Net neutrality is about ensuring that your local internet Service Provider (ISP) treats all your internet traffic equally - not blocking or throttling it as they wish. Why would they want to do such thing? Mostly when they want to sell you a service and there is a free alternative out there, without net neutrality they can just block all access to it to users using their internet. It also enables them selling limited internet where you can only access certain things, which might not be terrible on individual level (as you chose to pay less) but is a bad thing on a bigger scale.
This particular vote only affects US residents and what dishonest practices their ISP can employ to get more cash out of them.
Because half the reason a lot of people cannot play HotS in the USA is because of so many people streaming that it is overloading some internet nodes causing them to drop packets. Under current regulations all packets have to be dropped and delayed equally, even if that packet is 1 of several megabytes worth per second used for a 4k HD stream that no one would care is dropped, or is a few kilobytes per second of game command packets that is extremely latency critical and dropping it will cause the player to experience lag due to retransmission. Technically under the new regulations internet companies could offer cheaper low priority bandwidth for streaming companies where latency is unimportant but quantity is while offering game servers more expensive high priority bandwidth where latency is extremely important but quantity is small.
Sounds good and sensible right? Well the problem, and reason why the previous regulation existed to stop this, is human greed. Instead of offering sensible QoS levels at sensible prices targeting different practical applications. They will use QoS to blackmail content providers into having to buy the most expensive "premium" QoS level to even stand a chance of having their packets delivered. Once everyone is subscribing to this premium QoS and the internet starts to behave like it does currently due to too much data and too little infrastructure they will then introduce a new "ultra premium" QoS level that is above "premium" with a larger cost. The black mail cycle will repeat with normal premium customers not being able to reliably deliver content unless they subscribe to the new ultra premium service. During this cycle no one bothers to invest in new infrastructure as you can just charge infinitely more for existing infrastructure by inventing new "extra ultra premium" QoS levels for it to sell.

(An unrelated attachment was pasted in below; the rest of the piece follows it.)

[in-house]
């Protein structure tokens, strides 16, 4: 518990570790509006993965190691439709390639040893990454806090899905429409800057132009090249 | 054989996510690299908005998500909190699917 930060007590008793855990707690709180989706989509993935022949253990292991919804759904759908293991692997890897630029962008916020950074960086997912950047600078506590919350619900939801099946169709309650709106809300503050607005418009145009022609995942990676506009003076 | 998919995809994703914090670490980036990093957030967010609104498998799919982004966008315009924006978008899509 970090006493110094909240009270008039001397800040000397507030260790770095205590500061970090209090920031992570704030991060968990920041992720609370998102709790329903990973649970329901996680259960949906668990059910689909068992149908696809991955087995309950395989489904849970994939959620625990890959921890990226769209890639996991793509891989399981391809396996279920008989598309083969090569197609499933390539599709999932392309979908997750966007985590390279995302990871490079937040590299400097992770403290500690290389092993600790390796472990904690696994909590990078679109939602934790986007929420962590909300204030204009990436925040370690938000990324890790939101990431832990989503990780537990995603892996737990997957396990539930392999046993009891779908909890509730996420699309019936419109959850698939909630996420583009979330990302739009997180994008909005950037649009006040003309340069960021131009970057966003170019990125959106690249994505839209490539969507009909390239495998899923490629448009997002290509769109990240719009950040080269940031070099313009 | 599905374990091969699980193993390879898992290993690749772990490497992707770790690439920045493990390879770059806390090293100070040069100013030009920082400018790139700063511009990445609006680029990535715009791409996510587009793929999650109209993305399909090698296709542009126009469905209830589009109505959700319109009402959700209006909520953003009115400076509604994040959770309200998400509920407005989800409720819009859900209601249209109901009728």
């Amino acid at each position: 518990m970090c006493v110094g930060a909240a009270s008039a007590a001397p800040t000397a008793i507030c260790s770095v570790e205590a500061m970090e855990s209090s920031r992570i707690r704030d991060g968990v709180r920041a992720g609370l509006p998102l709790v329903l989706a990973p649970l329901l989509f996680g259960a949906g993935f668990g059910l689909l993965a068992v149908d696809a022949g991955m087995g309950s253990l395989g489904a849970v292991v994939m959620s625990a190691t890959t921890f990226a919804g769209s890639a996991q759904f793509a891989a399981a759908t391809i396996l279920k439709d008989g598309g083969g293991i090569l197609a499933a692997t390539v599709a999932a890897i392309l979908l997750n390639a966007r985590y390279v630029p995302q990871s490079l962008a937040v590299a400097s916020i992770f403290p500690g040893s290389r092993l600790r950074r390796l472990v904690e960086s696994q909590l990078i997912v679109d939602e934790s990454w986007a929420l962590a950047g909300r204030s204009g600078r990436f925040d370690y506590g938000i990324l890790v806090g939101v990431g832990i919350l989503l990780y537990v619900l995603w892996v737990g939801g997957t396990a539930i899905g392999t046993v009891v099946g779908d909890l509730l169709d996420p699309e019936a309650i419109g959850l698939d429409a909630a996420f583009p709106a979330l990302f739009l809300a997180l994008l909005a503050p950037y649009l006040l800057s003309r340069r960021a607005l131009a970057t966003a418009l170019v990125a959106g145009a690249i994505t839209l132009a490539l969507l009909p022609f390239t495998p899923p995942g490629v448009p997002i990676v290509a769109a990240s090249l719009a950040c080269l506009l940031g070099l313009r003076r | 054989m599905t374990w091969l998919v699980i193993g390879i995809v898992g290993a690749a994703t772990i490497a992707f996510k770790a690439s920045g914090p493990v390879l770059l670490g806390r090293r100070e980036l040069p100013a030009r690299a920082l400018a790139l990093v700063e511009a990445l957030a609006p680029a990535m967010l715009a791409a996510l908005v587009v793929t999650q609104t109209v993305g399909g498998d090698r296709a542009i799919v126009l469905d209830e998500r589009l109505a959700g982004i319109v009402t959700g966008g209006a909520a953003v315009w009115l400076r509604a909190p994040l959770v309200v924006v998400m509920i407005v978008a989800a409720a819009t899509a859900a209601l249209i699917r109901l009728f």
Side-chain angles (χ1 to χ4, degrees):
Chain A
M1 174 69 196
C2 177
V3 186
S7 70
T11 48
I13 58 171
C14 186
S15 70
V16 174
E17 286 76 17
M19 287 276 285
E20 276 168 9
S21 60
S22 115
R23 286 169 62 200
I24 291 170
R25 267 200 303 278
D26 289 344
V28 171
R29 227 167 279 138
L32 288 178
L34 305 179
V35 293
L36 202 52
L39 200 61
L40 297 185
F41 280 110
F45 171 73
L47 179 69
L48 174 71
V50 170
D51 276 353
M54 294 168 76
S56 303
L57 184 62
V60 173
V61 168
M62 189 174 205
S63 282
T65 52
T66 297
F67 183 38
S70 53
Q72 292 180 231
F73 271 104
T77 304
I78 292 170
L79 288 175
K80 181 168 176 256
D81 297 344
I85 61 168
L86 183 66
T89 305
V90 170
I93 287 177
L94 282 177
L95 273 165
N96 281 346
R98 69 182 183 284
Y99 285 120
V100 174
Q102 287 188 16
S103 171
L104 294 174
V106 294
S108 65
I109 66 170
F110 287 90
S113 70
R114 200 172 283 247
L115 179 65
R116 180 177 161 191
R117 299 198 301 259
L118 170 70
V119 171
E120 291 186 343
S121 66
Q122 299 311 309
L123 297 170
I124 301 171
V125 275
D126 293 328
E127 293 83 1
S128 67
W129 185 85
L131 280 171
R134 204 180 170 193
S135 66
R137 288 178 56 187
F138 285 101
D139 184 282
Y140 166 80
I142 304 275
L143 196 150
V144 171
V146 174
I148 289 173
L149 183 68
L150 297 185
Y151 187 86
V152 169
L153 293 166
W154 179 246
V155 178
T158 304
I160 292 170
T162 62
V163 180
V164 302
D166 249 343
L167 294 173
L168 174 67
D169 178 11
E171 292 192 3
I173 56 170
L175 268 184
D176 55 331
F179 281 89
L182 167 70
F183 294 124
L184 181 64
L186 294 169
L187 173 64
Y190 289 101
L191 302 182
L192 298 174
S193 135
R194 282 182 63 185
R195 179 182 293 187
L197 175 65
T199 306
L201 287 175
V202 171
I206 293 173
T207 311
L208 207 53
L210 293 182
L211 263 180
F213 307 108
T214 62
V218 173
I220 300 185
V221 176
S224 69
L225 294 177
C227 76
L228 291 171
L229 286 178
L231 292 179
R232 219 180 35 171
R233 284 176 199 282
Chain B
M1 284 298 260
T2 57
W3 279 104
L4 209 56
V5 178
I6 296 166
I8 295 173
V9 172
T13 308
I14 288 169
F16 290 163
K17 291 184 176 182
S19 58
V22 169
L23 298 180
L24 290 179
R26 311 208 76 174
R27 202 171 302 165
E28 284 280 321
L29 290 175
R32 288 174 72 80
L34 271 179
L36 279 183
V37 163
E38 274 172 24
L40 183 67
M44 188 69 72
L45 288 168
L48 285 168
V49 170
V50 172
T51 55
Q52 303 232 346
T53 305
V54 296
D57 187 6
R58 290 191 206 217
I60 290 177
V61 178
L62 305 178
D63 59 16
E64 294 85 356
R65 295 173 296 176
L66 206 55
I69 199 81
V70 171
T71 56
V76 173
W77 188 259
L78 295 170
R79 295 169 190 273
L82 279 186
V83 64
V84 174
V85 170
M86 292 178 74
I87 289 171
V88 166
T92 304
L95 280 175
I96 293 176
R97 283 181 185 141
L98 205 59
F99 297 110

Mostly when they want to sell you a service and there is a free alternative out there, without net neutrality they can just block all access to it to users using their internet. It also enables them selling limited internet where you can only access certain things, which might not be terrible on individual level (as you chose to pay less) but is a bad thing on a bigger scale.
The average private internet consumer will probably not notice the change at all, even to their internet bill, as there is no real way or point to meter them. It is the content providers who will be paying for the QoS, and that QoS can apply both ways (so they can pay for priority incoming and outgoing traffic). This is why Facebook, Google, etc are all against it since they will be the ones having to pay.
What the average private internet consumer will notice is that the QoS of the sites they visit and services they use will change, for better or worse. In the case of games, if the game company subscribes to a higher end QoS connection then their players might have a better play experience as connections that lagged before start to work with low ping. On the other hand if the game company goes with the cheapest QoS they can find the opposite can happen and where as before players could play with low ping suddenly the game becomes unplayable. This can only be made worse if huge bandwidth intensive content providers such as Netflix or Google use high end QoS to deliver their streaming services as although their streaming performance might improve slightly, it will totally trash peoples ability to play online games unless the companies use the same or better QoS in which case it becomes nothing better than it is now but costing more.
This is why "net neutrality" is important. This is why most sensible countries enforce it.